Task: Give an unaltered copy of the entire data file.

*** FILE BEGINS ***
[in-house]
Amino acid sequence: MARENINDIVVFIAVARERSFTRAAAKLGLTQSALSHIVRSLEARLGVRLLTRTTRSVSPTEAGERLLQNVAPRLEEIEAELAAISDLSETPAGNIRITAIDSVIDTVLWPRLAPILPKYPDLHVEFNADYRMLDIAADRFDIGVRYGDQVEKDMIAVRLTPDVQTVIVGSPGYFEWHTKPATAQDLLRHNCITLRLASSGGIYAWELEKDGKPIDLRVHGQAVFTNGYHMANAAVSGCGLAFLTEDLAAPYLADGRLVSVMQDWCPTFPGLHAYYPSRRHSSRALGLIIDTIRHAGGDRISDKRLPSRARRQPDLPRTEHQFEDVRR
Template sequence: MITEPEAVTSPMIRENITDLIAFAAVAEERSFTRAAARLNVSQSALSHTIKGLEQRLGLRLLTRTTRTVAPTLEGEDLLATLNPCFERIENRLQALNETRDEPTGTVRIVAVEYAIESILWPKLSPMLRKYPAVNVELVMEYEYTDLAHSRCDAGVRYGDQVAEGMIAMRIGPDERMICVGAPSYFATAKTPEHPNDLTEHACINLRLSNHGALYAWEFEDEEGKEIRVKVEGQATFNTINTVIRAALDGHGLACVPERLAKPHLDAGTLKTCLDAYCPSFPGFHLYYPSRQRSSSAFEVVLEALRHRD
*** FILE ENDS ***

[in-house]
Amino acid sequence: MARENINDIVVFIAVARERSFTRAAAKLGLTQSALSHIVRSLEARLGVRLLTRTTRSVSPTEAGERLLQNVAPRLEEIEAELAAISDLSETPAGNIRITAIDSVIDTVLWPRLAPILPKYPDLHVEFNADYRMLDIAADRFDIGVRYGDQVEKDMIAVRLTPDVQTVIVGSPGYFEWHTKPATAQDLLRHNCITLRLASSGGIYAWELEKDGKPIDLRVHGQAVFTNGYHMANAAVSGCGLAFLTEDLAAPYLADGRLVSVMQDWCPTFPGLHAYYPSRRHSSRALGLIIDTIRHAGGDRISDKRLPSRARRQPDLPRTEHQFEDVRR
Template sequence: MITEPEAVTSPMIRENITDLIAFAAVAEERSFTRAAARLNVSQSALSHTIKGLEQRLGLRLLTRTTRTVAPTLEGEDLLATLNPCFERIENRLQALNETRDEPTGTVRIVAVEYAIESILWPKLSPMLRKYPAVNVELVMEYEYTDLAHSRCDAGVRYGDQVAEGMIAMRIGPDERMICVGAPSYFATAKTPEHPNDLTEHACINLRLSNHGALYAWEFEDEEGKEIRVKVEGQATFNTINTVIRAALDGHGLACVPERLAKPHLDAGTLKTCLDAYCPSFPGFHLYYPSRQRSSSAFEVVLEALRHRD